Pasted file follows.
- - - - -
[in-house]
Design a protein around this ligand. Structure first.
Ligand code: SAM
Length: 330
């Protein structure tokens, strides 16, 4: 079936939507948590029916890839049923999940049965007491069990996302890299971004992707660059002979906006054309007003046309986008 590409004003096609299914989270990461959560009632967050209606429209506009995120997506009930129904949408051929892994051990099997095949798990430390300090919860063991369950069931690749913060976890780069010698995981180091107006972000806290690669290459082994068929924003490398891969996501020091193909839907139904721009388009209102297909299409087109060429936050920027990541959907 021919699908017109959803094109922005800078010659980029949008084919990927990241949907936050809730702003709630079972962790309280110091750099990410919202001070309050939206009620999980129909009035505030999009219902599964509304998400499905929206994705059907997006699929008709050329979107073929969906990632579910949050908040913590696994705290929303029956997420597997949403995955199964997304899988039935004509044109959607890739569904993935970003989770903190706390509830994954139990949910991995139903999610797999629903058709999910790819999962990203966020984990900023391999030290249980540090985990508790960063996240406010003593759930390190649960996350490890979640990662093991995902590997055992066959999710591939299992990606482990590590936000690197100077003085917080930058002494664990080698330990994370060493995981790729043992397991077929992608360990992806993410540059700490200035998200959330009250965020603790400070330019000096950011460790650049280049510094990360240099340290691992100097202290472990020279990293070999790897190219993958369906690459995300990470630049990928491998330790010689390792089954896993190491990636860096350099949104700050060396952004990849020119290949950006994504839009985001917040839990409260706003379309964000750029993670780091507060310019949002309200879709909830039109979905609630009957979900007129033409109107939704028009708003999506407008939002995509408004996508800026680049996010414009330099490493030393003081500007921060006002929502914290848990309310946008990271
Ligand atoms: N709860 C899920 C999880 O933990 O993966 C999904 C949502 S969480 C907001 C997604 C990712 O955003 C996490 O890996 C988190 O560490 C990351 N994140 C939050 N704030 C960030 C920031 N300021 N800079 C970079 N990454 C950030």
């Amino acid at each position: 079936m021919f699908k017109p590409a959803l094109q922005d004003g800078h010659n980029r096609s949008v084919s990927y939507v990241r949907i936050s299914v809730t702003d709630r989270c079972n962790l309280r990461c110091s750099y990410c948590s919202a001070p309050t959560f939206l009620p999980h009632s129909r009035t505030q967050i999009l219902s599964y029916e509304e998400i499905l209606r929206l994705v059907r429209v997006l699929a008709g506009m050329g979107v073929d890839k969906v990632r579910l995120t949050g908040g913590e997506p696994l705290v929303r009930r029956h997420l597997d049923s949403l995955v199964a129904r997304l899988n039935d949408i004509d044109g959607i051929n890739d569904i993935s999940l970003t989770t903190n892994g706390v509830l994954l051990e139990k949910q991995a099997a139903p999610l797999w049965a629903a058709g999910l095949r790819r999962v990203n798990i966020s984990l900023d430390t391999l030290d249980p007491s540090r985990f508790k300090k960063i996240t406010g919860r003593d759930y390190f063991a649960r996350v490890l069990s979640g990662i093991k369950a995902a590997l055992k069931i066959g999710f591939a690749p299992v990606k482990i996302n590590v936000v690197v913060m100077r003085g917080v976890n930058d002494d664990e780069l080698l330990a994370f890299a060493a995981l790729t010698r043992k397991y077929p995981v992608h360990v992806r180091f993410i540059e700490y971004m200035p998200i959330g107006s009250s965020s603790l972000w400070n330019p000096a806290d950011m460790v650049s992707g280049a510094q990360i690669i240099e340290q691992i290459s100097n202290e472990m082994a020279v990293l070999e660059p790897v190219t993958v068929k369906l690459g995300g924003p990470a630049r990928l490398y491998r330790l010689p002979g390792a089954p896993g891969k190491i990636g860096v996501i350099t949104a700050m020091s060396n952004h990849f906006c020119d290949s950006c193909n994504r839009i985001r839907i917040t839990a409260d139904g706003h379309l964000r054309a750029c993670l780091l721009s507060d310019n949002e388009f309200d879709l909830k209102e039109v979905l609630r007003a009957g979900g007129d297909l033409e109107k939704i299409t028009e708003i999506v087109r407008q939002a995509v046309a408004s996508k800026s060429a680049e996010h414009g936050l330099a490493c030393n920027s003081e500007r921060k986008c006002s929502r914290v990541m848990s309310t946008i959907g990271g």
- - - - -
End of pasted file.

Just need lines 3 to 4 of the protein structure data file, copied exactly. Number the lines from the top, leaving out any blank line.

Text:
Ligand code: SAM
Length: 330